Making feedback more immediate

Ken McGregor, A. R. Merchant, M. Butler


How often have we marked students’ assignments, wishing that they were present there and then to hear and consider our comments? Since this cannot usually happen, we write down our observations and trust that the student will read them,
take in the message, give it some thought and modify their next attempt in light of our comments. In many instances however, the feedback seems to fall on deaf ears
and our effort is wasted. This may be because the feedback is too late; student interest may have passed and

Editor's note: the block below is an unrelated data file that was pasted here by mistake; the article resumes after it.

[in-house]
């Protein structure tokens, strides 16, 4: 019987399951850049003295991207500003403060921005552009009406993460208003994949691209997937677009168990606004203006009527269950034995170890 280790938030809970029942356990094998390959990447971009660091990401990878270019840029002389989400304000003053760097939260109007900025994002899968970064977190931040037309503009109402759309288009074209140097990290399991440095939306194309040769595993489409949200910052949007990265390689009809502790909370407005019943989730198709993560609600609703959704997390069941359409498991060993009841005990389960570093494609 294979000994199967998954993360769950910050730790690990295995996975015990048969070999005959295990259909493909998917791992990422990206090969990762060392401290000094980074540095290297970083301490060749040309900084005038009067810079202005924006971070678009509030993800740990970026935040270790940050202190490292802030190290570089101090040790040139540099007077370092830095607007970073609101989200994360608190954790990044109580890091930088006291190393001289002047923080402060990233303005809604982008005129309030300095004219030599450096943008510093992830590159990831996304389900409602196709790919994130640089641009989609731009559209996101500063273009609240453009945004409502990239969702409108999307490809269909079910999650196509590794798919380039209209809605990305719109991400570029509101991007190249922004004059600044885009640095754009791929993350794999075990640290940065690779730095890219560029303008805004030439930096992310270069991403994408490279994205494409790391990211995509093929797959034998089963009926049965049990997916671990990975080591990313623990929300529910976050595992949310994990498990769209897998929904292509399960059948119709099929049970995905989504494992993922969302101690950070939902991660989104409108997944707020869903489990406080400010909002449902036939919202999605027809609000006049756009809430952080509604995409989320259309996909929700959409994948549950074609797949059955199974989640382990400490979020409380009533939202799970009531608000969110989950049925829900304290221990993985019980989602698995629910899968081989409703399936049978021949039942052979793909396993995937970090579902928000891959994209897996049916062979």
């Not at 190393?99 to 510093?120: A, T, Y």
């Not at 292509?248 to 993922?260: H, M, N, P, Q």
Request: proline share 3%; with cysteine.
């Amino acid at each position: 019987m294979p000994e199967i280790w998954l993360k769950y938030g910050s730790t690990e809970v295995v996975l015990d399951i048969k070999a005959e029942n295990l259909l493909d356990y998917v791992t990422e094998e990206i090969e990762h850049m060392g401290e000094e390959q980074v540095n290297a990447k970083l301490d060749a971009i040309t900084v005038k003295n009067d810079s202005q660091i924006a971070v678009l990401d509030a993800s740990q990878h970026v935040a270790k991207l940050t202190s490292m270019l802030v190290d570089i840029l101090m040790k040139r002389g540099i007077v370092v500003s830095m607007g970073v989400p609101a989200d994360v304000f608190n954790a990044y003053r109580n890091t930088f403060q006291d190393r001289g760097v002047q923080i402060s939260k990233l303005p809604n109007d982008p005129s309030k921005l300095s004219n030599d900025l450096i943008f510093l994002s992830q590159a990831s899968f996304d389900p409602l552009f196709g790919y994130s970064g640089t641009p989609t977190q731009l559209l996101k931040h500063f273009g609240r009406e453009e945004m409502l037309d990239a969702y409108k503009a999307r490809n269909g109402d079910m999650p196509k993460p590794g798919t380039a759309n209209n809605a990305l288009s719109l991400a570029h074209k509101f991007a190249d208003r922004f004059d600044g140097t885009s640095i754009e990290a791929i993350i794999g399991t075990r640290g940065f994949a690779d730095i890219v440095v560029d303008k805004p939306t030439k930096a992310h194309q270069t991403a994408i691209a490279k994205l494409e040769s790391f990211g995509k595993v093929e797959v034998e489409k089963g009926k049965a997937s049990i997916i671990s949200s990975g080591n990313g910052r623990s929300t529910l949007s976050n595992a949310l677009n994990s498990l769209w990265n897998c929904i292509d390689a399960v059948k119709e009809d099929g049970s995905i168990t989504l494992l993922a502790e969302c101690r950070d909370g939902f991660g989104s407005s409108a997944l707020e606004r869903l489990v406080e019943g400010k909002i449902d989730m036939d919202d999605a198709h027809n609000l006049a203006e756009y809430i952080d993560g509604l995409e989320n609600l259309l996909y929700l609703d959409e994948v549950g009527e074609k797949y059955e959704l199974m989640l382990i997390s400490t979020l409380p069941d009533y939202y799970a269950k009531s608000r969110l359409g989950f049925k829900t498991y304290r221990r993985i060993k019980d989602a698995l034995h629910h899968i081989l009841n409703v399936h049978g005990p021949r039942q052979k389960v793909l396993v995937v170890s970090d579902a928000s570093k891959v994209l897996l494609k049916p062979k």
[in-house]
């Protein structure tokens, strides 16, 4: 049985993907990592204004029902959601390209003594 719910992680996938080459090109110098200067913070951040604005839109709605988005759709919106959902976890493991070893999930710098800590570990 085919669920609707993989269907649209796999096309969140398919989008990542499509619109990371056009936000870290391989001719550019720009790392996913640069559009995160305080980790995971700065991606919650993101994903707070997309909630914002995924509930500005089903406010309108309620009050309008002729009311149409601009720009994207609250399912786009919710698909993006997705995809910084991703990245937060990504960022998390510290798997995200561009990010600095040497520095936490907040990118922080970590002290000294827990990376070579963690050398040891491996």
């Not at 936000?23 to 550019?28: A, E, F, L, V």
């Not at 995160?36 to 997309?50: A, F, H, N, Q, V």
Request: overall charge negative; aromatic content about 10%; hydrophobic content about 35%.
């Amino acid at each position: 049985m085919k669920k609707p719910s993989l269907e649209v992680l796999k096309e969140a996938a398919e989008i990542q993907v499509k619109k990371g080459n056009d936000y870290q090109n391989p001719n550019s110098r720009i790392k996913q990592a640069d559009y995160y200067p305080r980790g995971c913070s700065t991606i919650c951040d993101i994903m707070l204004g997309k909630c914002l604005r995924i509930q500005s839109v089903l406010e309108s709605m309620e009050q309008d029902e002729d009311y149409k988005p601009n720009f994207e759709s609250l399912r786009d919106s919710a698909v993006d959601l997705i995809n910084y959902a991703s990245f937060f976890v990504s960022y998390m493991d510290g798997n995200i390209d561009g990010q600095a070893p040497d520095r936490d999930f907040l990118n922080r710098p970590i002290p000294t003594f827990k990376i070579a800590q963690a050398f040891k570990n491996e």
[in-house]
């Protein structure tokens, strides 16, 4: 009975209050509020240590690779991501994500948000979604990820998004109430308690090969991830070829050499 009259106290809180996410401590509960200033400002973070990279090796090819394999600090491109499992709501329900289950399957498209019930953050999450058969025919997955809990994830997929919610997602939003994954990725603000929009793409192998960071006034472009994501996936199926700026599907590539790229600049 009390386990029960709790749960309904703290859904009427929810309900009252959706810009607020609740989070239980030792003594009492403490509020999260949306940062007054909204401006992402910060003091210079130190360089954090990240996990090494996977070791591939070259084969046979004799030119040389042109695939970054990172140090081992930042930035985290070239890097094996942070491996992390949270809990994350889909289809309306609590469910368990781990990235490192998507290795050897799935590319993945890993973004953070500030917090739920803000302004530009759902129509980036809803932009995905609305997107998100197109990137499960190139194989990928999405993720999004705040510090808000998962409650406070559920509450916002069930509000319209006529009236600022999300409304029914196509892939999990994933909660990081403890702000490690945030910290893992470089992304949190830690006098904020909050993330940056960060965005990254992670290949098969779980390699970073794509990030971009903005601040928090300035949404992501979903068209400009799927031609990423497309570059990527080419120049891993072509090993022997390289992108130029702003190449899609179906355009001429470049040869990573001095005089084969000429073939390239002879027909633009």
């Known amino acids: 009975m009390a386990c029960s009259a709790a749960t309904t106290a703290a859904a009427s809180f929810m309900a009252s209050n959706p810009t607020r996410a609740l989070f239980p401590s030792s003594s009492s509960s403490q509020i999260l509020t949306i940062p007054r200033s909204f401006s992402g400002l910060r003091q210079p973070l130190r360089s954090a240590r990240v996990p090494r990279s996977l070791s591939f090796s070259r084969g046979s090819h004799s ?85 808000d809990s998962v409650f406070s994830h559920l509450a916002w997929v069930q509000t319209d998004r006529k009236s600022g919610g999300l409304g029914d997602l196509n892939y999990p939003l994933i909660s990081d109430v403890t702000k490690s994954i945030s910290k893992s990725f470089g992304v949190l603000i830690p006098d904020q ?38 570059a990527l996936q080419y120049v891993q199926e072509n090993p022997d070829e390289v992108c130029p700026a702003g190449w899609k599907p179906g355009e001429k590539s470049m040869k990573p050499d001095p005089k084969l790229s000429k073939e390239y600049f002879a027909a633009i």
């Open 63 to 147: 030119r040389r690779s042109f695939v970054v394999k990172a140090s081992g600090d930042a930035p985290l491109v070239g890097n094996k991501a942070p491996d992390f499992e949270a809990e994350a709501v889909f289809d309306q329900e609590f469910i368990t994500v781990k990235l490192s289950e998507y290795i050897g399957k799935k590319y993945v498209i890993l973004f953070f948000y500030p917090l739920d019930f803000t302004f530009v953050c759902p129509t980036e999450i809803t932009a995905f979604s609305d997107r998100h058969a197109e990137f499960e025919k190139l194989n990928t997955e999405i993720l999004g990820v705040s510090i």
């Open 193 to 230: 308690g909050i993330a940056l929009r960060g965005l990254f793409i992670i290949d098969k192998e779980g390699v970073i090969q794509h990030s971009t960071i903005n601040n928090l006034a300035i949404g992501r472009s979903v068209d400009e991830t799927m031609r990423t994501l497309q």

they have mentally gone on to the next assignment. It may also be that the written comments were too cryptic and the students didn’t understand the message (Gibbs
and Simpson 2004). Whatever the cause, it is a waste of staff and student time. We may hope that the students benefit from our efforts, but too often they become disillusioned with the course, claiming there was no meaningful interaction or feedback from the staff. Our aim in this study is to explore two methods intended to improve the quality of feedback – one being self marking of tests, the other being voice audio files. Both methods address the immediacy of feedback, each for different scenarios.

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